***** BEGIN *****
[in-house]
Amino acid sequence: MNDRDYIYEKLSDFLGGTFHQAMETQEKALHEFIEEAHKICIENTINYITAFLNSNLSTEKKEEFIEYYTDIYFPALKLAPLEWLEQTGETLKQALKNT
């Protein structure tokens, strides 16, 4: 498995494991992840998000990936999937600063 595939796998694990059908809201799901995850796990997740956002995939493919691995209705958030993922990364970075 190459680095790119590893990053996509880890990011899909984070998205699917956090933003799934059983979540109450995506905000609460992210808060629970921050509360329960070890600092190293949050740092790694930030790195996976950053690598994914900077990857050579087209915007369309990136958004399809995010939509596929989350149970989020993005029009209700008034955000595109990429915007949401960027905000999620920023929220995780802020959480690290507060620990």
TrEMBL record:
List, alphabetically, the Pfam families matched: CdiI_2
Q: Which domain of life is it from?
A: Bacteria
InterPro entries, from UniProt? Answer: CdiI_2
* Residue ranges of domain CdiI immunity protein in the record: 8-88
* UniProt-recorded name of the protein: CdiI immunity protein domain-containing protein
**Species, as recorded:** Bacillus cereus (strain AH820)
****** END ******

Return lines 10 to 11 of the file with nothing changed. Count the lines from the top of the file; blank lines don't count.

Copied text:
* UniProt-recorded name of the protein: CdiI immunity protein domain-containing protein
**Species, as recorded:** Bacillus cereus (strain AH820)